At Taxes for Expats we have been preparing U.S. taxes for Americans working in South Korea since 2008. Our clients hail from different parts of the country - Seoul and Pusan, Yongsan and Incheon and work in different industries - English teachers to DoD contractors.
Korea has seen a fast rate of economic growth during the past several decades. This is one reason expats may choose to live there. Because of the growth, and the desire for it to continue, the Korean government has instituted several tax rules beneficial to the expatriates who choose to work and live there. This article addresses some of the tax issues relevant to expats in Korea.
US Expat Taxes - Korea
US citizens, as well as permanent residents, are required to file expatriate tax returns with the federal government every year regardless of where they reside. Along with the typical tax return for income, many people are also required to submit a return disclosing assets which are held in bank accounts in foreign countries by using FinCEN Form 114 (FBAR).
The United States is among only a few governments who tax international income earned by their citizens, as well as permanent residents, residing overseas. There are, however, some provisions that help protect from possible double taxation. These include:
- The Foreign Earned Income Exclusion. This exclusion allows one to exclude USD 101,300 (this amount is for 2016 taxes) in earned income from foreign sources.
- A tax credit allowing tax on remaining income to be reduced based on the taxes paid to foreign governments.
- An exclusion on foreign housing that allows additional exclusions from their income for some amounts paid to cover household expenses due to living abroad.
Preparing a quality tax return following proper tax planning should allow one to use these, as well as other strategies, in minimizing or possibly eliminating tax liability. Note that in most cases the filing of a tax return is required, even if taxes are not owed.
Who Qualifies as a Korean Resident?
You are considered a Korean resident after having lived there a minimum of one year.
Does Korea Tax Foreign Income?
Residents of Korea are usually subject to taxes on their worldwide income. But, as far as foreign sourced income goes, foreigners who are resident short term (their total time in Korea is less than 5 of the prior 10 years) get taxed on only their foreign sourced income that is remitted to or paid in Korea. Non-residents get taxed on only their Korean sourced income.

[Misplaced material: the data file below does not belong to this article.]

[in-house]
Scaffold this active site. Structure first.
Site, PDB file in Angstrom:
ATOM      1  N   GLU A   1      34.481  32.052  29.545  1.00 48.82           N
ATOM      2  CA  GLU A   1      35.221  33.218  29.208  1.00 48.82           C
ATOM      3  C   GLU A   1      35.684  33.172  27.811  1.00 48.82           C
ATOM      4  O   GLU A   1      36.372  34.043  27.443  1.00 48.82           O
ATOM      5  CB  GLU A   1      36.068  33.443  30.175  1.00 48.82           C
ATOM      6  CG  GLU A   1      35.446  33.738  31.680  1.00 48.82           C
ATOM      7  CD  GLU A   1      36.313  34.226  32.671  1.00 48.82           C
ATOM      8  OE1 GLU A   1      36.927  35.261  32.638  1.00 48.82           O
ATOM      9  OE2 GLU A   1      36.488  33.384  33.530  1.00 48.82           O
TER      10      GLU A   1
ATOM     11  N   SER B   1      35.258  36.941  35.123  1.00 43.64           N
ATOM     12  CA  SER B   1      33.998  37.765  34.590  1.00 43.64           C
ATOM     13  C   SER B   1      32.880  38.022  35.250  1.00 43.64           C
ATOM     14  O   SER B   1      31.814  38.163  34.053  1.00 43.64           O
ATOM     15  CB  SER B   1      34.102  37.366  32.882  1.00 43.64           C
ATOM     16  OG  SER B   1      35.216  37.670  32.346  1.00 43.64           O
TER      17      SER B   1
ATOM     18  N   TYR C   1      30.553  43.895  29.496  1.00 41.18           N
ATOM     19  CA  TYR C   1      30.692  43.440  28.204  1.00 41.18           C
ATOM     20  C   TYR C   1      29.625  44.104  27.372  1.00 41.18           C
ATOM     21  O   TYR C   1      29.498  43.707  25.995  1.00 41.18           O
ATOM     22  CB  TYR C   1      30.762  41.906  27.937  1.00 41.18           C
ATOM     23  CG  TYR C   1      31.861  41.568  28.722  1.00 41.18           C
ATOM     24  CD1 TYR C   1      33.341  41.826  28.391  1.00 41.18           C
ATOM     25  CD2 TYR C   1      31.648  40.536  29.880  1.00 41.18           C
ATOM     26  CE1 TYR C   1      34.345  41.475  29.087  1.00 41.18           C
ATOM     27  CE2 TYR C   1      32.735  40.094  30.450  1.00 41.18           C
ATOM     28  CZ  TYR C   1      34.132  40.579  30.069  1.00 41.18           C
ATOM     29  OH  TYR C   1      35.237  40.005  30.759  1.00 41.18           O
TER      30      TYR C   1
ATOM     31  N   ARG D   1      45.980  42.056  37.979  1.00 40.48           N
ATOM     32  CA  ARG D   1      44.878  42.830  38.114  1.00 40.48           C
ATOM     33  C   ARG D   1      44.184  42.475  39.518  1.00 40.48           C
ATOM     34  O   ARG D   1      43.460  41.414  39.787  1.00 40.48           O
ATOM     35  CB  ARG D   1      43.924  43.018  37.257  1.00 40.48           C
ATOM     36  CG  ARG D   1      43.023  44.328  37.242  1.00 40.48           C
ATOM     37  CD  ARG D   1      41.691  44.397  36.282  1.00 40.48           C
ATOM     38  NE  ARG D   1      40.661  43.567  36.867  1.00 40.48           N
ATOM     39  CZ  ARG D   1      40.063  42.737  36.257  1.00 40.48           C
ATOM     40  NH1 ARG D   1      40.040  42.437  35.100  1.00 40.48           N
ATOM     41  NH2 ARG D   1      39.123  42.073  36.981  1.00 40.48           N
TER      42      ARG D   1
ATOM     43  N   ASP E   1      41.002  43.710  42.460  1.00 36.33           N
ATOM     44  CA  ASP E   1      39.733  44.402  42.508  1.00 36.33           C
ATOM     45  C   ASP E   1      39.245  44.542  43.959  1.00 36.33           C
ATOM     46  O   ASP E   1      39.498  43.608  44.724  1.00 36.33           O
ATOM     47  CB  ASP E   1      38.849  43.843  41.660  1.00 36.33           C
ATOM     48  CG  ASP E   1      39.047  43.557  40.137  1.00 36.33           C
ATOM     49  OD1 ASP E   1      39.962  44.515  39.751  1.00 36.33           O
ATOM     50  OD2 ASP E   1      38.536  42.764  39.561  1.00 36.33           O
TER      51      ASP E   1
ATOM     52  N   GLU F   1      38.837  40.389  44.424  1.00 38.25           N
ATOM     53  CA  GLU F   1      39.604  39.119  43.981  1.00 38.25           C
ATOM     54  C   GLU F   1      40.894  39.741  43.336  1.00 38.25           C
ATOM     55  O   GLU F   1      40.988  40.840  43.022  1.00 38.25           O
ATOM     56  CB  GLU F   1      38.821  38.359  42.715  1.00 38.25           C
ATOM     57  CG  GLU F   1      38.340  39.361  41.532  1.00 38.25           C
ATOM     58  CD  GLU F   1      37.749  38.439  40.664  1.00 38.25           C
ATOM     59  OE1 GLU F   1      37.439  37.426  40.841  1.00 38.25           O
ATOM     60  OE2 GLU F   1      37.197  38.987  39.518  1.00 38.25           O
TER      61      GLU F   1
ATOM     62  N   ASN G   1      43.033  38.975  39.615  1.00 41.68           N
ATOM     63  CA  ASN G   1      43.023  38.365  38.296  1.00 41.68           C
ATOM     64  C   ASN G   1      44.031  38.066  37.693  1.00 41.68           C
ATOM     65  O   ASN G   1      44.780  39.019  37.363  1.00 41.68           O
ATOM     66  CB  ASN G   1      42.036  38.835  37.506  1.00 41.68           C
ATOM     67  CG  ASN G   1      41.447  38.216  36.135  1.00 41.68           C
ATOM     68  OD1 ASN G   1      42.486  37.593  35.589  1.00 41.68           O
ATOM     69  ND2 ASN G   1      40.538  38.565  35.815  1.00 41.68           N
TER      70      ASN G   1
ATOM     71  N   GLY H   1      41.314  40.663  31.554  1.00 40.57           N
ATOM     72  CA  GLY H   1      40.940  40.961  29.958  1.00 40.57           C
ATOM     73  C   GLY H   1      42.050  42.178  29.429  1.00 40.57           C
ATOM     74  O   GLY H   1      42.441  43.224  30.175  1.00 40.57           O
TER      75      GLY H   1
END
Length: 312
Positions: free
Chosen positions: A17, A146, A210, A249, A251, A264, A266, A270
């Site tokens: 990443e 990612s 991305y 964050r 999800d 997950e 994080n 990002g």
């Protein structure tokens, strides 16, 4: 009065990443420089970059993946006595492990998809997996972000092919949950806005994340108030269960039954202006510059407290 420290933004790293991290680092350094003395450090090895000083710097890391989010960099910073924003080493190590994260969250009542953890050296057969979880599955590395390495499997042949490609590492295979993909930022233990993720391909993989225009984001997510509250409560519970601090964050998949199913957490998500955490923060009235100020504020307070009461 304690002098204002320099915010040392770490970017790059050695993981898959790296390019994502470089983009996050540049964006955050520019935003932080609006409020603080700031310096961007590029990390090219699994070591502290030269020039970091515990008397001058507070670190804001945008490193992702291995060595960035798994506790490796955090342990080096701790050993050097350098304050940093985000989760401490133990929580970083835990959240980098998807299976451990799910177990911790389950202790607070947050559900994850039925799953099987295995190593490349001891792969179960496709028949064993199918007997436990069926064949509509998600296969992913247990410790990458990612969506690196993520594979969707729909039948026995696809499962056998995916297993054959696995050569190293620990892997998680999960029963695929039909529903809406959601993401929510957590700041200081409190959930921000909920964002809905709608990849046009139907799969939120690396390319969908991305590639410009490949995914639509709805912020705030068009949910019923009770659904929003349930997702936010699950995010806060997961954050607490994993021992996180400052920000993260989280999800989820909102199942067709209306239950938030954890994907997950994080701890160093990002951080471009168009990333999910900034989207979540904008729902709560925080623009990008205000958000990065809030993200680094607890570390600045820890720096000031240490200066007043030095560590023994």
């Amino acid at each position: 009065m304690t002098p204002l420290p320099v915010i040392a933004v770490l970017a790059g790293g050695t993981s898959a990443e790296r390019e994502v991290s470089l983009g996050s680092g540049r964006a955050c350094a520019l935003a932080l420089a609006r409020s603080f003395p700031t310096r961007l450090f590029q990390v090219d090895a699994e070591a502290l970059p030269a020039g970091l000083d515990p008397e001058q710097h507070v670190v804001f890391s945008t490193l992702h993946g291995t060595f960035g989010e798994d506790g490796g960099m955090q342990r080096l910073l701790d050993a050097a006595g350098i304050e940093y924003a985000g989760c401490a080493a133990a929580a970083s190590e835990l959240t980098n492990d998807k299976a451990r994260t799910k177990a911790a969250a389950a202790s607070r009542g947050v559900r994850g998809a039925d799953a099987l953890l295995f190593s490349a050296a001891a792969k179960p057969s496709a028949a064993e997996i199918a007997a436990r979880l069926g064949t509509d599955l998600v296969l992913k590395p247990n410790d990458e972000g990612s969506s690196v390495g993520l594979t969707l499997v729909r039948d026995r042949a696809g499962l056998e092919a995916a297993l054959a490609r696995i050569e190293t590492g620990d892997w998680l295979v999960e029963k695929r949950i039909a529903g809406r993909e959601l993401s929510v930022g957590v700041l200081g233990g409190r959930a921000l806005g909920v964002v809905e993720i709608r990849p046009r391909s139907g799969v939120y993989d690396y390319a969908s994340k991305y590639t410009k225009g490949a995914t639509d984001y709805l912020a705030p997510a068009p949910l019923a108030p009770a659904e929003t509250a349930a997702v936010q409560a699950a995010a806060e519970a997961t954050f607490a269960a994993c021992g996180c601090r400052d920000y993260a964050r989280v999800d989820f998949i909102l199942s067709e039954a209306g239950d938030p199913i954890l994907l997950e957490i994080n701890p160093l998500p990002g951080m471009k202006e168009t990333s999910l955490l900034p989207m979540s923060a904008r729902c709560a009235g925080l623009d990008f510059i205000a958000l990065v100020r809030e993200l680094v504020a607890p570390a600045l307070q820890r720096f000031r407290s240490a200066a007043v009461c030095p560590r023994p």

Korean Tax Rates
Foreign workers in Korea have two choices - they can pay a 17% flat tax on their gross earnings, or they can deduct 30% of their earnings and owe taxes based on the graduated tax rates.
There are two types of wages in Korea for withholding - class A & class B. These classifications are based on where the income came from. Employers will withhold from earnings in class A. Taxpayers are required to either submit their own tax payments on earnings in class B, or become members of associations that pay the class B tax withholding for them.
Every Korean taxpayer divides income into either global income or separate income. The most common example of separate income is capital gains, which is not considered global income - it is taxed differently.
Korean currency is the “won”, with a currency code of KRW. One won is approximately $0.0009 United States dollars. Korean residents are taxed on net income at progressive rates from 6% - 38% (which excludes the resident surtax). Currently, the maximum rate is 38% for income over KRW 300,000,000. People living in Korea also pay per capita tax to the local government of a maximum of 10,000 won.
Korea and the United States agreed to their tax treaty back in 1979. One reason for the treaty is the elimination of double taxation. Provisions in the treaty allow some types of income to be excluded from taxes in one of the countries. Some provisions in the treaty likely apply to your situation, so it is advisable to consult with tax experts to ensure the appropriate treaty provisions get applied properly.
When Are Korean Taxes Due?
Income in Korea is reported based on the calendar year. Income tax returns get filed during the month of May in each year. Korean residents must pay 50% of their tax due before the 30th of November in each year.
Korean Social Security
Korea and the United States finalized their totalization agreement in 2011, which allows expatriates working within Korea to get covered under the United States Social Security system, or the Korean pension system.
Most services and goods purchased in Korea are subject to a value added tax of 10%. Taxpayers also pay the inhabitant tax of 10% of the taxpayer’s income tax. Taxes on real estate range between 0.24% - 0.6%.
Questions About Korean Taxes?
Contact us! We have an expert team to provide tax advice to expats, and give you all the information you need to know to file your United States expat tax return while living outside the country.